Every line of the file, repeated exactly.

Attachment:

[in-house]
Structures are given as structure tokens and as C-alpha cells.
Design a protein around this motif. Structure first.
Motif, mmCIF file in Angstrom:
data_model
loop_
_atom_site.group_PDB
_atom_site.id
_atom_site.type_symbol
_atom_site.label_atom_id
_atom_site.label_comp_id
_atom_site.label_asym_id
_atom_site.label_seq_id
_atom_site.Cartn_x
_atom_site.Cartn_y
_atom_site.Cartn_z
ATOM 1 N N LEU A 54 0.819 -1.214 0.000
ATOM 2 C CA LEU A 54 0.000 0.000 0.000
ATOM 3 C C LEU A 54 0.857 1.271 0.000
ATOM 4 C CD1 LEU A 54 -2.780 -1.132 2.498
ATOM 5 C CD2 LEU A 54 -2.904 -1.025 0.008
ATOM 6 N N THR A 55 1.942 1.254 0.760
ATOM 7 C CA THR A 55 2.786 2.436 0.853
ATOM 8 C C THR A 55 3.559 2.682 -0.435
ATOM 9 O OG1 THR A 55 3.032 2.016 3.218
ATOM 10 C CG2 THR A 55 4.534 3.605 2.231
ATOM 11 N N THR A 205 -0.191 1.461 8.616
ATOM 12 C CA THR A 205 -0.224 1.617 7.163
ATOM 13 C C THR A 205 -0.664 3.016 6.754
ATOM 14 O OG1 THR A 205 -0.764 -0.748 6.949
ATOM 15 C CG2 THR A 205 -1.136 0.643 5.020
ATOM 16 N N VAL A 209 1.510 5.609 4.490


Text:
[in-house]
Structures are given as structure tokens and as C-alpha cells.
Design a protein around this motif. Structure first.
Motif, mmCIF file in Angstrom:
data_model
loop_
_atom_site.group_PDB
_atom_site.id
_atom_site.type_symbol
_atom_site.label_atom_id
_atom_site.label_comp_id
_atom_site.label_asym_id
_atom_site.label_seq_id
_atom_site.Cartn_x
_atom_site.Cartn_y
_atom_site.Cartn_z
ATOM 1 N N LEU A 54 0.819 -1.214 0.000
ATOM 2 C CA LEU A 54 0.000 0.000 0.000
ATOM 3 C C LEU A 54 0.857 1.271 0.000
ATOM 4 C CD1 LEU A 54 -2.780 -1.132 2.498
ATOM 5 C CD2 LEU A 54 -2.904 -1.025 0.008
ATOM 6 N N THR A 55 1.942 1.254 0.760
ATOM 7 C CA THR A 55 2.786 2.436 0.853
ATOM 8 C C THR A 55 3.559 2.682 -0.435
ATOM 9 O OG1 THR A 55 3.032 2.016 3.218
ATOM 10 C CG2 THR A 55 4.534 3.605 2.231
ATOM 11 N N THR A 205 -0.191 1.461 8.616
ATOM 12 C CA THR A 205 -0.224 1.617 7.163
ATOM 13 C C THR A 205 -0.664 3.016 6.754
ATOM 14 O OG1 THR A 205 -0.764 -0.748 6.949
ATOM 15 C CG2 THR A 205 -1.136 0.643 5.020
ATOM 16 N N VAL A 209 1.510 5.609 4.490